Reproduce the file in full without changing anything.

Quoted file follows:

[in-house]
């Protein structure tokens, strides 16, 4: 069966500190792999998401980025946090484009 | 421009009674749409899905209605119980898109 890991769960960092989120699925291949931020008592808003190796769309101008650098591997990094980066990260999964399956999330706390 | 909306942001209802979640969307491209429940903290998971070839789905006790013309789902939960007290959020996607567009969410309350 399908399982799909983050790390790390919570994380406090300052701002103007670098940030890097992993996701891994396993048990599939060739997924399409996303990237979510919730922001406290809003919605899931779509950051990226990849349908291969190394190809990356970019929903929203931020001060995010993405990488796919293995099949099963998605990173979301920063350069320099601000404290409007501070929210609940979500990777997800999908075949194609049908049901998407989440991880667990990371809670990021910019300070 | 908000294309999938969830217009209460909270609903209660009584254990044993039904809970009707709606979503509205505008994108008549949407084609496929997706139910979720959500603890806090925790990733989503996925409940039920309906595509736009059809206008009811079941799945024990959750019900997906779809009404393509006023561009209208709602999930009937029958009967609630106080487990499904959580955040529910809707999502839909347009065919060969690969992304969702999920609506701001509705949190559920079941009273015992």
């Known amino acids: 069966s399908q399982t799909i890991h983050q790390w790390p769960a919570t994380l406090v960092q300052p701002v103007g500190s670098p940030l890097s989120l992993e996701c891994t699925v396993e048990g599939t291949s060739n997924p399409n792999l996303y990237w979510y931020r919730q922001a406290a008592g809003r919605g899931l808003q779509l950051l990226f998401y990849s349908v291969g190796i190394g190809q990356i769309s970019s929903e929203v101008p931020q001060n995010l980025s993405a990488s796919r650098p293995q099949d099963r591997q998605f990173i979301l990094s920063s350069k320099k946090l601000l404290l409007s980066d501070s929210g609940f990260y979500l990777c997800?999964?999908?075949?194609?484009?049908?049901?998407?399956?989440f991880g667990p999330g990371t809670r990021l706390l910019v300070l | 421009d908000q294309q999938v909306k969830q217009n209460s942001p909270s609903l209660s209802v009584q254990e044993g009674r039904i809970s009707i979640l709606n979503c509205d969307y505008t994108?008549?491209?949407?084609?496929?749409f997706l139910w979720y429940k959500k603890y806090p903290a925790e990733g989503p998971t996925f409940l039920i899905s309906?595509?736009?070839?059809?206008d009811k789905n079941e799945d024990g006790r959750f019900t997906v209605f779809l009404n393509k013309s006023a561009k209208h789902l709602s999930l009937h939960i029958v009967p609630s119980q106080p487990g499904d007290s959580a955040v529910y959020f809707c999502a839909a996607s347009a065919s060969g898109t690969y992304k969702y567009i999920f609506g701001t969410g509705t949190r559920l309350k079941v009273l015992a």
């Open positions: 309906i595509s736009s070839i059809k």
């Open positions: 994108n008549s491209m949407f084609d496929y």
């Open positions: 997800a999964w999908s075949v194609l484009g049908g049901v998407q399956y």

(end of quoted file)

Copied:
[in-house]
């Protein structure tokens, strides 16, 4: 069966500190792999998401980025946090484009 | 421009009674749409899905209605119980898109 890991769960960092989120699925291949931020008592808003190796769309101008650098591997990094980066990260999964399956999330706390 | 909306942001209802979640969307491209429940903290998971070839789905006790013309789902939960007290959020996607567009969410309350 399908399982799909983050790390790390919570994380406090300052701002103007670098940030890097992993996701891994396993048990599939060739997924399409996303990237979510919730922001406290809003919605899931779509950051990226990849349908291969190394190809990356970019929903929203931020001060995010993405990488796919293995099949099963998605990173979301920063350069320099601000404290409007501070929210609940979500990777997800999908075949194609049908049901998407989440991880667990990371809670990021910019300070 | 908000294309999938969830217009209460909270609903209660009584254990044993039904809970009707709606979503509205505008994108008549949407084609496929997706139910979720959500603890806090925790990733989503996925409940039920309906595509736009059809206008009811079941799945024990959750019900997906779809009404393509006023561009209208709602999930009937029958009967609630106080487990499904959580955040529910809707999502839909347009065919060969690969992304969702999920609506701001509705949190559920079941009273015992």
């Known amino acids: 069966s399908q399982t799909i890991h983050q790390w790390p769960a919570t994380l406090v960092q300052p701002v103007g500190s670098p940030l890097s989120l992993e996701c891994t699925v396993e048990g599939t291949s060739n997924p399409n792999l996303y990237w979510y931020r919730q922001a406290a008592g809003r919605g899931l808003q779509l950051l990226f998401y990849s349908v291969g190796i190394g190809q990356i769309s970019s929903e929203v101008p931020q001060n995010l980025s993405a990488s796919r650098p293995q099949d099963r591997q998605f990173i979301l990094s920063s350069k320099k946090l601000l404290l409007s980066d501070s929210g609940f990260y979500l990777c997800?999964?999908?075949?194609?484009?049908?049901?998407?399956?989440f991880g667990p999330g990371t809670r990021l706390l910019v300070l | 421009d908000q294309q999938v909306k969830q217009n209460s942001p909270s609903l209660s209802v009584q254990e044993g009674r039904i809970s009707i979640l709606n979503c509205d969307y505008t994108?008549?491209?949407?084609?496929?749409f997706l139910w979720y429940k959500k603890y806090p903290a925790e990733g989503p998971t996925f409940l039920i899905s309906?595509?736009?070839?059809?206008d009811k789905n079941e799945d024990g006790r959750f019900t997906v209605f779809l009404n393509k013309s006023a561009k209208h789902l709602s999930l009937h939960i029958v009967p609630s119980q106080p487990g499904d007290s959580a955040v529910y959020f809707c999502a839909a996607s347009a065919s060969g898109t690969y992304k969702y567009i999920f609506g701001t969410g509705t949190r559920l309350k079941v009273l015992a």
């Open positions: 309906i595509s736009s070839i059809k």
């Open positions: 994108n008549s491209m949407f084609d496929y």
């Open positions: 997800a999964w999908s075949v194609l484009g049908g049901v998407q399956y």